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(Photo: Getty)
(Photo: Getty)

ĀteaApril 22, 2021

Health reforms for Māori: ‘I’m not ready to celebrate just yet’

(Photo: Getty)
(Photo: Getty)

Yesterday’s announcement of a new Māori health authority might be a step in the right direction for tino rangatiratanga, but we’ve been promised systemic change before. Before we celebrate, let’s run a critical eye over the proposals, writes health policy expert Gabrielle Baker.

For the last three years I’ve been having conversations about the possibility of a Māori health authority with anyone who shows an interest. What I’ve heard is close to unanimous agreement that the current system of 20 DHBs and 30 PHOs doesn’t work. The Waitangi Tribunal backed this up in its 2019 Hauora report, finding breaches of Treaty principles in the way the Crown had set up and run primary health care. And that’s without even looking at the decades of data showing unfair and unjust differences in health and wellbeing outcomes for Māori compared to the rest of the population.

I’ve also heard widespread support for a Māori health authority of some kind and have had the privilege of working with advocates for change like the claimants in the Waitangi Tribunal inquiry who have been grappling with the question of exactly what an independent Māori health authority should look like.

So, I should be thrilled to hear ministers give so much visible support for a Māori health authority. After all, it was more than Heather Simpson and a minority of her peers did in their health and disability system review last year. Unfortunately, the combined lack of past progress to design a better health system for Māori and the (potential) harms caused by disruptive change mean it is pretty hard to feel thrilled.

A Māori health authority was last seen as a real prospect in the early 1990s. Then health academics, including Dr Eru Pōmare, wrote about the possibilities of an authority to “overcome the fragmentation in primary health care” and “result in the inclusion of the Indigenous healing system to complement western health care”. The optimism of a Māori vision of “autonomous healthcare” was apparent in every word, but long story short, political will didn’t last and the authority never become reality.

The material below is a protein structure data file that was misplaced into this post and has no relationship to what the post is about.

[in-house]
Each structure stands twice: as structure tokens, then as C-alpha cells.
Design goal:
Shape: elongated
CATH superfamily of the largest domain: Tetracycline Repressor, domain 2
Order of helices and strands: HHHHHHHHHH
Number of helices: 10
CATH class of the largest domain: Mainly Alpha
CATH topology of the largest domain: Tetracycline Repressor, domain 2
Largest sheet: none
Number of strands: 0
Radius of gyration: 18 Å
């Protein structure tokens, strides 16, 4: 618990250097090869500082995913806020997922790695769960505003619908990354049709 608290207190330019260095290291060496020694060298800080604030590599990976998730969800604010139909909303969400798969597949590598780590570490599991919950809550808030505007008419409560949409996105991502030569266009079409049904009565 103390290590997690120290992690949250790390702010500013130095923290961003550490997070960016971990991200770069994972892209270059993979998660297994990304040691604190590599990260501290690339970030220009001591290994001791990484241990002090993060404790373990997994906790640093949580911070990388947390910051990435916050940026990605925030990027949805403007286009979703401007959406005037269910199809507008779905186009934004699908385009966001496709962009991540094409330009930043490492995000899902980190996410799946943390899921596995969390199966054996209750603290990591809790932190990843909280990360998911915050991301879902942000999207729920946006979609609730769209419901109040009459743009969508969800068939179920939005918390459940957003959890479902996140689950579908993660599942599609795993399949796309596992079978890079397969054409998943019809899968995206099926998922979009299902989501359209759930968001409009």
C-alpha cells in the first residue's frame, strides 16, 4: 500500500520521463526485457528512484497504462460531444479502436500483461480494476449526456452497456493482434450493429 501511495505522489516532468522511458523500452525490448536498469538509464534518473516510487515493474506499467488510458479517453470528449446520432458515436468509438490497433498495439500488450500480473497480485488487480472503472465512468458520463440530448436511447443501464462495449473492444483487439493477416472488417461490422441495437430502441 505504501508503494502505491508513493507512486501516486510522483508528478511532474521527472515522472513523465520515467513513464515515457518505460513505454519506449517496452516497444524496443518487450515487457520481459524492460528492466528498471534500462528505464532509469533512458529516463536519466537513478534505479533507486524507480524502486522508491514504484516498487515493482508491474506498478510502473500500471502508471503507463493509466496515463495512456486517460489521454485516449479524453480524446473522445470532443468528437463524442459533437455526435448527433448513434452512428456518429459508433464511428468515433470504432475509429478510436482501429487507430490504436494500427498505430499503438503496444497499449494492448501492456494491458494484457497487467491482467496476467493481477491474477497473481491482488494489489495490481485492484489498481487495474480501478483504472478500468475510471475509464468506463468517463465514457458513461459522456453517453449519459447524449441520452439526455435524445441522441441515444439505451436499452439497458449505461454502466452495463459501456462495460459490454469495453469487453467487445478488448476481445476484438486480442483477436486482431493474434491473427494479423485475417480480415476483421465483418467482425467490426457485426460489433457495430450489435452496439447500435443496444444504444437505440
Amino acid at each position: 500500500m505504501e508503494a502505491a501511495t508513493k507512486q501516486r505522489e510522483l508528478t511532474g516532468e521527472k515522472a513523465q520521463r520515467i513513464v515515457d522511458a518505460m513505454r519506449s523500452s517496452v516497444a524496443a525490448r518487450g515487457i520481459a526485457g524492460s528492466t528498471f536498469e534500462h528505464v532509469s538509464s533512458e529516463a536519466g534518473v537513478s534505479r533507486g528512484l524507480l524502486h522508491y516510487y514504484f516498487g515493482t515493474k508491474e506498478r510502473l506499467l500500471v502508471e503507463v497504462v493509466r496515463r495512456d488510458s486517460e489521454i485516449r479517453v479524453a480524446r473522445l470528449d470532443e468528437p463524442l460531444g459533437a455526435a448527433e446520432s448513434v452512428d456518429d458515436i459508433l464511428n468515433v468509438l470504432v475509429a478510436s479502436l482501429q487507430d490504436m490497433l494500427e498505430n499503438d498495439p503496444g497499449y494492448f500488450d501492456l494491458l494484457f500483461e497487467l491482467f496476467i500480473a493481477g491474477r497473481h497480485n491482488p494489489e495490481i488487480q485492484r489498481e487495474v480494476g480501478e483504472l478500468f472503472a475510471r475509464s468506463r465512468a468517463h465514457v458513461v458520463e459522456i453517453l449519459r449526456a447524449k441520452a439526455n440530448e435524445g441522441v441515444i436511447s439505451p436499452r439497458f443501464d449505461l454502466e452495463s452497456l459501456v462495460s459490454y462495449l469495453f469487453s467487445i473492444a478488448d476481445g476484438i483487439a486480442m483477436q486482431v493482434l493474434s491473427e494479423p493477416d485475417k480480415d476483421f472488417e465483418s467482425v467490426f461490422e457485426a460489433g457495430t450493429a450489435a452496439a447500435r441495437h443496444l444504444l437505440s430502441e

There were other types of set-ups in the 90s, including a Māori health commission, but good luck finding much in writing on that organisation. Its tenure and impact were short lived.

While change specifically centred on improving Māori outcomes has been rare, health and disability system change has been fairly constant here in Aotearoa. Unfortunately, Māori have seldom seen benefit from any disruptive changes.

While good for big headlines, some of the detail of the proposals is “to be confirmed” some time soon.  The things I’ll be watching over the next few weeks and months are:

  • The establishment of an interim Māori health authority as an independent departmental agency within the Ministry of Health. The jargon in that sentence is a red flag to almost anyone, me included. It basically means the agency that needs to be visionary and build in true Māori decision-making will likely be set up by a fairly conventional-looking agency within government.
  • Keeping the accelerator on all Māori health activity. When under threat it might be human nature to retreat. But if DHBs and other health professionals decide to stay away from Māori health because it will soon be someone else’s problem, there will be devastating consequences. I want to see the current work in Māori health ramp up, not be set aside until the dust settles.
  • The balance of a national authority with mana whenua and mana motuhake at a regional level. It’s all well and good to have a fancy national organisation but if it is used to reduce the influence of Māori communities, it’s failed before it’s begun. The detail of the proposal seems to hinge on an “evolution” of DHB Māori partnership boards.
  • How the funding will actually work – and how much funding we’re talking about. The best data we have publicly available says that Māori health providers received well less than 2% of Vote Health in 2015/16. If an agency is set up with 2% of Vote Health to have “joint decision-making” with an agency responsible for 98% of Vote Health, which voice do you think will come through the loudest and clearest?

The hauora proposals are summarised on the department of prime minister and cabinet website and I think they are worth a look. It’s even OK to be optimistic about this. After all, I am delighted for the work of the Wai 2575 claimants who got this on the agenda and for the generations of Māori whānau and communities who have been advocating for change. But I’m not ready to celebrate the proposals themselves. Not yet, anyway.

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